At the moment Westpac has a market capitalisation of A$45 billion and assets on its balance sheet of around A$365 billion. The ability to have ready access to around 3% of its assets was described admiringly by one Sydney-based banker as "a handy little option".
In other ways it is a win-win situation for Westpac. Quite apart from a financial 'get out of jail free card', the bank also has A$10bn of mortgages securitised, rated and ready to go should the sun break out in the capital markets.
Although Westpac's move is innovative within the Asia-Pacific region, it is not new to Europe. It has long been a favoured liquidity play, particularly by Spanish and Dutch banks.
Most recently, in December, Rabobank, one of the largest banks in the Netherlands, issued a EUR30 billion ($45.5 billion) RMBS that it could post as repo collateral with the European Central Bank.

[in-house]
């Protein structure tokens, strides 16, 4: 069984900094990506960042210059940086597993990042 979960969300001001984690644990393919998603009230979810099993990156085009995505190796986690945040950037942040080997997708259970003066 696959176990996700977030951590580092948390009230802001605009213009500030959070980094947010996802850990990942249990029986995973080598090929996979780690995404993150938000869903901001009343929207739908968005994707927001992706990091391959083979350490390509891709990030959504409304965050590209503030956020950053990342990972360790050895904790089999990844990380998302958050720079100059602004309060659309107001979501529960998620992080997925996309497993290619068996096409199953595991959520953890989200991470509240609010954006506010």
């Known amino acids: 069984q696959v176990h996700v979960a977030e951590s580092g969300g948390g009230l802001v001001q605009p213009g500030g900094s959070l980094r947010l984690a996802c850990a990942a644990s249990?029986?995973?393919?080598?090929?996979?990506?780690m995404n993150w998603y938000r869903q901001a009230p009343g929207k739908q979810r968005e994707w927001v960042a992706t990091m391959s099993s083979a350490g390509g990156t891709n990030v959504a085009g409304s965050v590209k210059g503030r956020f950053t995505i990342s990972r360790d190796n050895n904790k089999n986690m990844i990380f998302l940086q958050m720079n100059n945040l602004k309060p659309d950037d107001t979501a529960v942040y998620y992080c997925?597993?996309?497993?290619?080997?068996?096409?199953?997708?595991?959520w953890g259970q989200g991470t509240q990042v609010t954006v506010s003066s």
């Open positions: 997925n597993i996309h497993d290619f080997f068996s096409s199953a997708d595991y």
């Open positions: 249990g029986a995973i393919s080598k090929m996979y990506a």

Other Australian banks are now rumoured to be looking at similar measures. And, given that the credit crisis has revealed itself to be like the mythological Hydra, sprouting new heads almost each time a central bank initiative is unveiled to deal with a specific problem, some parties say it might be prudent idea for banks to build their war chests.
Of course, that still leaves the issue of non-bank lenders and what might happen to them in the ongoing storm. But at this point, it seems, only the strongest survive.